1890: Oregon City Falls, Oregon, USA Experimental, 2 phase AC generators installed by Westinghouse at Powerhouse A, it sent power to Portland. It was 5 years later before regular commercial AC power was established in Powerhouse B.
Transmission length 14 miles (AC power)

1891: Telluride Colorado- Ames Hydroelectric Plant: 3000V, 133 Hz, single phase. It sent power to mining operations in the mountains near Telluride. It was a Westinghouse experimental project.
Transmission length: 2.5 miles

1891: Lauffen-Frankfurt Germany - A MAJOR STEP FORWARD: The first long-distance and 3-phase alternating current demonstration. This proved that three phase power worked the best for a power grid. This project was developed by Oskar von Miller and engineered by the founder of 3 phase AC power Mikhail Dolivo-Dobrovolsky.
Transmission length 175 km (109 miles)

1893: Redlands Mill Creek 1 powerhouse Redlands, CA 1893
The first 3-phase AC commercial power plant in the world. This used C.P. Steinmetz's improved 3-phase system.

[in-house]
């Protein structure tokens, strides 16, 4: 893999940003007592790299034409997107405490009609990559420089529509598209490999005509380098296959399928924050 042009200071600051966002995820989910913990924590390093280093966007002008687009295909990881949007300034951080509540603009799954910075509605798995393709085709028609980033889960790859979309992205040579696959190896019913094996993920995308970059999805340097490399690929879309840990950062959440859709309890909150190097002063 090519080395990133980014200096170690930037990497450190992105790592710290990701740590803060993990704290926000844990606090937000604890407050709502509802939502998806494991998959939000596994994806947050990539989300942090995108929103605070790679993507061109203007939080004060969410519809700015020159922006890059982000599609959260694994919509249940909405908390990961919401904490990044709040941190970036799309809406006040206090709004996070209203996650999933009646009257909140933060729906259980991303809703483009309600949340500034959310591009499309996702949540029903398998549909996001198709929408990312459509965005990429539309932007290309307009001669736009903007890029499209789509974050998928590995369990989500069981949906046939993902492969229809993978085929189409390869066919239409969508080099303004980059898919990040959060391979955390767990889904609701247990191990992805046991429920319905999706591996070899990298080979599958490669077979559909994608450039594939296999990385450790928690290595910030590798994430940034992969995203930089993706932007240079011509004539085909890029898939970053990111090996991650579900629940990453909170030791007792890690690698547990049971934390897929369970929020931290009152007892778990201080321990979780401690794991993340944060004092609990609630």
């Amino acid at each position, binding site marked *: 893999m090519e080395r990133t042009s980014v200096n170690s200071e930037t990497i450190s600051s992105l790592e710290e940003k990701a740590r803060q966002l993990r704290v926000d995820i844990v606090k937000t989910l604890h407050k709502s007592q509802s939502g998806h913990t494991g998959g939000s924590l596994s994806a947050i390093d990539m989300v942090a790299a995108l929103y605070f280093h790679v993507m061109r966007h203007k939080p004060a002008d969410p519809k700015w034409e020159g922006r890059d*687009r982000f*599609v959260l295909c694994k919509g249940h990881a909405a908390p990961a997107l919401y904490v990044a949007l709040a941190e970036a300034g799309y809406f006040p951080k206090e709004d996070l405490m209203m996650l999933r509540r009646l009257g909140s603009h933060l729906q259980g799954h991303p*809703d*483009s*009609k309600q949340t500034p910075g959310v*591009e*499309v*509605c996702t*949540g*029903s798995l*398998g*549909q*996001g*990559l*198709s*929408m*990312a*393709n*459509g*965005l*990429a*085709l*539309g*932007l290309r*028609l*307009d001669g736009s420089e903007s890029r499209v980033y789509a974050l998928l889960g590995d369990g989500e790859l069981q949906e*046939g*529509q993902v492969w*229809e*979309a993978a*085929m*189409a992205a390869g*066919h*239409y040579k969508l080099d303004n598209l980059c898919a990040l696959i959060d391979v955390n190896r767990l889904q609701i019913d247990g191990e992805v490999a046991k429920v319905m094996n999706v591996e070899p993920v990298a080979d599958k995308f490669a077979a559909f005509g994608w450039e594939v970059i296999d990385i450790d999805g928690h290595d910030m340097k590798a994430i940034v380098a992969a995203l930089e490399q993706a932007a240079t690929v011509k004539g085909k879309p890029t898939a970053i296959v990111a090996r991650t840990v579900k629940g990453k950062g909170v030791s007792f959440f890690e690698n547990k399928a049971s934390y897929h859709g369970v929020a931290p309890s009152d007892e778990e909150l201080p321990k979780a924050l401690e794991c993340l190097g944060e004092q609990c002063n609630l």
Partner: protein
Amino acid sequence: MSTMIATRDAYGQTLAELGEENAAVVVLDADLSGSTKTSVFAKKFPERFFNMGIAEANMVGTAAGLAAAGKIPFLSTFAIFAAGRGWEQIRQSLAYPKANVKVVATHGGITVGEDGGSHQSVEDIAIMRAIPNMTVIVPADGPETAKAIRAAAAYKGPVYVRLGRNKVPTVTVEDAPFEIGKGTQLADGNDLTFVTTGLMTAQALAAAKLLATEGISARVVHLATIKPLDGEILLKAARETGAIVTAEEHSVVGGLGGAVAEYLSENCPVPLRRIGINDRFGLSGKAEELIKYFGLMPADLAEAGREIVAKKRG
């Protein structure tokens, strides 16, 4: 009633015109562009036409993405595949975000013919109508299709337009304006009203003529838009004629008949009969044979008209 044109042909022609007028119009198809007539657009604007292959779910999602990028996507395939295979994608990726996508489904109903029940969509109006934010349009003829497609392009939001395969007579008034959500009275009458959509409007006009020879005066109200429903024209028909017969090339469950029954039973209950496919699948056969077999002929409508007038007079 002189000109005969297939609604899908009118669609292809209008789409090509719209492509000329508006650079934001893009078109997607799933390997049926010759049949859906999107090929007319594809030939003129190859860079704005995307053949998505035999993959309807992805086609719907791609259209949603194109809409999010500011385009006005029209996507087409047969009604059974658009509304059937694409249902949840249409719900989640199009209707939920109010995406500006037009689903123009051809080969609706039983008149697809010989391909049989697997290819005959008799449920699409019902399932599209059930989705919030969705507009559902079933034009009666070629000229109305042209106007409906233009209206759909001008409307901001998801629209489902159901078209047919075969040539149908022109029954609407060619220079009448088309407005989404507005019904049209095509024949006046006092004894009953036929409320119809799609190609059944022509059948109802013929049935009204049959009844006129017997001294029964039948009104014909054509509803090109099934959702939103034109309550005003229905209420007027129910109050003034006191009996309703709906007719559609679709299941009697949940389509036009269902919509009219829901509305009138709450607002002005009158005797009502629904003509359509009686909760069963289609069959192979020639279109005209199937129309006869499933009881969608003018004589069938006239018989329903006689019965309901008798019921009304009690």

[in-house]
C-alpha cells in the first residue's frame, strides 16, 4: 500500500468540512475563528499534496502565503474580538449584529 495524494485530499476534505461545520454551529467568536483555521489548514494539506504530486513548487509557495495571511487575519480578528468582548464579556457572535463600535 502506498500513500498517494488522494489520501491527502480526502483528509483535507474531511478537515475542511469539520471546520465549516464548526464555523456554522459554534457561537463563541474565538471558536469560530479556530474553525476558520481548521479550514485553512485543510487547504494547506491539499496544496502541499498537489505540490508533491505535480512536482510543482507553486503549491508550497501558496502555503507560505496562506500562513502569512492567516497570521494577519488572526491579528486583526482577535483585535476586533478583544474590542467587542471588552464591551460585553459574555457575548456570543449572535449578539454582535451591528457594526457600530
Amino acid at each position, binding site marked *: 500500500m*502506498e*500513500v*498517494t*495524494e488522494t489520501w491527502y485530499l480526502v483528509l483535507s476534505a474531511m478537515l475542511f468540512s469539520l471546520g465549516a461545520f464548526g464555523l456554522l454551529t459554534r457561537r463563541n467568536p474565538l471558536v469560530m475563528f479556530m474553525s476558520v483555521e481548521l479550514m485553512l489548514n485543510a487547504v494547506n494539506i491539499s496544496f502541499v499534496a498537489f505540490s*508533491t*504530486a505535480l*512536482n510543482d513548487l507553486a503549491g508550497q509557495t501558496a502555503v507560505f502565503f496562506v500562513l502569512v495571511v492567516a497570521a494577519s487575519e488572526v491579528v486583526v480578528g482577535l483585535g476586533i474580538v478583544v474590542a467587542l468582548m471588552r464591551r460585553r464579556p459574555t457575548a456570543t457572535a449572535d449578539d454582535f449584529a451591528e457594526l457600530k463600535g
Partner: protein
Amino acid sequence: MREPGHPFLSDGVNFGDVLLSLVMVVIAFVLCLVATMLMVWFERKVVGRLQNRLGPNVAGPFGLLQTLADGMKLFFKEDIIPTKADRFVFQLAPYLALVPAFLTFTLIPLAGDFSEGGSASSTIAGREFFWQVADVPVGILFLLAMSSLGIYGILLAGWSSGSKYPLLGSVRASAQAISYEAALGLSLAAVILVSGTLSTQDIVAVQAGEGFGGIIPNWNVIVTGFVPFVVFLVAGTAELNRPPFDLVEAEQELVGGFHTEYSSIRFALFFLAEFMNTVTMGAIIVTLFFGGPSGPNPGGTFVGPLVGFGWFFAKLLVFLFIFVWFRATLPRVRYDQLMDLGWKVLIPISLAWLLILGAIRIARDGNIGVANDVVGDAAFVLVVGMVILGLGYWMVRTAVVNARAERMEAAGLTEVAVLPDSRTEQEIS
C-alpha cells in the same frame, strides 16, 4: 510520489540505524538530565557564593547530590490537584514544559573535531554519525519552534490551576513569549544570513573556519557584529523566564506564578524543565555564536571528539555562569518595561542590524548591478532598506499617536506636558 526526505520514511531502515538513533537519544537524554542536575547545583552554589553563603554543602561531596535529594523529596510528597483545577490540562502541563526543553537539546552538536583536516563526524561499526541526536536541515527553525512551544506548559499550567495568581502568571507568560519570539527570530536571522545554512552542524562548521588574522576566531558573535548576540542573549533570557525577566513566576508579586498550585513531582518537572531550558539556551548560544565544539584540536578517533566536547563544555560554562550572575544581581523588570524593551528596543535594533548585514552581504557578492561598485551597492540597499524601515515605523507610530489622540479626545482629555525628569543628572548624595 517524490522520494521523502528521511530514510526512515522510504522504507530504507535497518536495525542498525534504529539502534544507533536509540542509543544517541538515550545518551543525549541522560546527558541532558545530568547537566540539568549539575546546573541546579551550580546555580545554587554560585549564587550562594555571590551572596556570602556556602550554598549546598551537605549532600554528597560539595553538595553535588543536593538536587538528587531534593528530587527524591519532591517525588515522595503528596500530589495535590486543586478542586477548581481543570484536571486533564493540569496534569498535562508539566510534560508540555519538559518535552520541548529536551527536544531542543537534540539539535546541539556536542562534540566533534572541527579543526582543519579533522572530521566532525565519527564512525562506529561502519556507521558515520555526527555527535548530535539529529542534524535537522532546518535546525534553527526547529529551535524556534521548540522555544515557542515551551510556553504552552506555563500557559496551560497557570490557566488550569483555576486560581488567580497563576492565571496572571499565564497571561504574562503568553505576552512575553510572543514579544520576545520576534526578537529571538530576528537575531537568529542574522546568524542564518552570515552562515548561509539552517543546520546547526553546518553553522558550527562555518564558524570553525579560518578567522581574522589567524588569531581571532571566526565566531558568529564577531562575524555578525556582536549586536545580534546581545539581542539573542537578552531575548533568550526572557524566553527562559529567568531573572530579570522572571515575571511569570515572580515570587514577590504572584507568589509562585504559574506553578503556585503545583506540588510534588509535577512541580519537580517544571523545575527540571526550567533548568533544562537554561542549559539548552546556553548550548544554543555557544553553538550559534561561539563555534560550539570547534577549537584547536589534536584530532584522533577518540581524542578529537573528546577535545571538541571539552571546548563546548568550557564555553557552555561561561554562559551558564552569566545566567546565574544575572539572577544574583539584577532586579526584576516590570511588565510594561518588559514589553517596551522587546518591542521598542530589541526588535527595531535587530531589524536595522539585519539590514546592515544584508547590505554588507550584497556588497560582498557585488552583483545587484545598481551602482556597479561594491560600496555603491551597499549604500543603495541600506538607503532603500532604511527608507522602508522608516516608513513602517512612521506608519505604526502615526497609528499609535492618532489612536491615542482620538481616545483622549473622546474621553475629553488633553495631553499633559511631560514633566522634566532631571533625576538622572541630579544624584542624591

Transmission line length: 7 miles


1893: Hellsjon - Grangesberg, Sweden: developed by Ernst Danielson, he also was involved in the Mill Creek Plant at Redlands, California in the same year. General Electric Company.
Transmission line length: 10 km


1895: Pelzer Hydroelectric Plant, South Carolina This plant provided AC 3-phase power to the Pelzer Manufacturing Plant. 3300 V (no transformers were used on transmission)
Transmission line length: 2.75 miles

1895: Folsom Powerhouse, Folsom California Built near a reservoir that catches water from the Sierra Nevada outside of Sacramento.
Transmission line length: 22 miles

*The Folsom Prison opened a small AC powerhouse in 1893 as part of the same hydro system